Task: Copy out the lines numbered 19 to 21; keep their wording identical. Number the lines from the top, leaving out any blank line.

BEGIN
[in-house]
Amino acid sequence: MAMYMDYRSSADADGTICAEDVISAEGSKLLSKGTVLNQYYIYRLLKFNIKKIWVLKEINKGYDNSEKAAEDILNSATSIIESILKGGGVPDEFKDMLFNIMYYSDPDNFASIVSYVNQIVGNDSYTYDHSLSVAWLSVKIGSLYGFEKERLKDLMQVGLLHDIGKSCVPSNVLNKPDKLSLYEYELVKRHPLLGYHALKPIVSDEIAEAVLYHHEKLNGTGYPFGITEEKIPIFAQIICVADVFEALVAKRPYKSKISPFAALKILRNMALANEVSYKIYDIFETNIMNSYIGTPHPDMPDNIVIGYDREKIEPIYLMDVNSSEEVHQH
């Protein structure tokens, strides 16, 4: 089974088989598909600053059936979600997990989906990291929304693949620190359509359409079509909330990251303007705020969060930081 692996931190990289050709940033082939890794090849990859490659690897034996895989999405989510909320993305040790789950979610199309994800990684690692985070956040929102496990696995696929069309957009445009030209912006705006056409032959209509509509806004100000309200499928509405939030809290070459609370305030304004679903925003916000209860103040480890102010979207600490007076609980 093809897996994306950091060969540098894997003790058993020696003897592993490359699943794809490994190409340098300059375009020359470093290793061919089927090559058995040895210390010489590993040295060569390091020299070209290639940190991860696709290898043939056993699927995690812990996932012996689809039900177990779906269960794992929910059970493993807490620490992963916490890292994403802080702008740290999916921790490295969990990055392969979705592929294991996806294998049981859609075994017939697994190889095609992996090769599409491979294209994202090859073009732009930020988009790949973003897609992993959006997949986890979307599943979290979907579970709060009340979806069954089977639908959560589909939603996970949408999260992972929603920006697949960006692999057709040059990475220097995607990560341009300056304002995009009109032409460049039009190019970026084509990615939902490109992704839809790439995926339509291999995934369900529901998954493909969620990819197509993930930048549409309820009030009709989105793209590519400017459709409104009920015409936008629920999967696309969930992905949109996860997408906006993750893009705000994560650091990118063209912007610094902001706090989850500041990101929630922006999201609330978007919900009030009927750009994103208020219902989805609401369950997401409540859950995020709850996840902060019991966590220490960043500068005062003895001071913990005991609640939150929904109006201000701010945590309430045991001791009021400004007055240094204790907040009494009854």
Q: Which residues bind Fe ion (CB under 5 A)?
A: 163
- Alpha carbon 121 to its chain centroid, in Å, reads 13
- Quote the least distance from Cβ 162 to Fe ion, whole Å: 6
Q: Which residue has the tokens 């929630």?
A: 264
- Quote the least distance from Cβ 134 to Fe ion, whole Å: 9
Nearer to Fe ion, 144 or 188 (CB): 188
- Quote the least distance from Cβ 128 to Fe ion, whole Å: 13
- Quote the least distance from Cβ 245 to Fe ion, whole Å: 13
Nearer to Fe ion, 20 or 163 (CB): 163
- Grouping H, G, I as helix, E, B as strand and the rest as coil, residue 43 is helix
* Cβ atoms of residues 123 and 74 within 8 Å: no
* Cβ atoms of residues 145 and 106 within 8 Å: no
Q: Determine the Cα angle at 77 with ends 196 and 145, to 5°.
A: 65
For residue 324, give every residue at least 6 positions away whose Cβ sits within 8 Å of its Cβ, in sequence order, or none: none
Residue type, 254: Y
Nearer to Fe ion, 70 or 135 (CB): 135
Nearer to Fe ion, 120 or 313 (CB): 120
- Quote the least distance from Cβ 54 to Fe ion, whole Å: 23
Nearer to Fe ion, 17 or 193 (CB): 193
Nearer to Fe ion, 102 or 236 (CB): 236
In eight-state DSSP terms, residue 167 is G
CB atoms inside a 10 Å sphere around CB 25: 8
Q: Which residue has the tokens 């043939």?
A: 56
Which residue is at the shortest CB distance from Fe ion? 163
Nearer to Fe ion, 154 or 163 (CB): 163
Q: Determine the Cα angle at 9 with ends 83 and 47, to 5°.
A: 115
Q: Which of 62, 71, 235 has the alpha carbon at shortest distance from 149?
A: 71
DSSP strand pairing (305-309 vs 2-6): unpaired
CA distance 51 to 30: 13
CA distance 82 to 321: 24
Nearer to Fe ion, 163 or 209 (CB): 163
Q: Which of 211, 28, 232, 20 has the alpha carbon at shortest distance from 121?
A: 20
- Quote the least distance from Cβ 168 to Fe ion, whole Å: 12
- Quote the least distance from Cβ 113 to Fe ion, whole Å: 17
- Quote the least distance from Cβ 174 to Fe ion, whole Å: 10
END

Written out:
A: 65
For residue 324, give every residue at least 6 positions away whose Cβ sits within 8 Å of its Cβ, in sequence order, or none: none
Residue type, 254: Y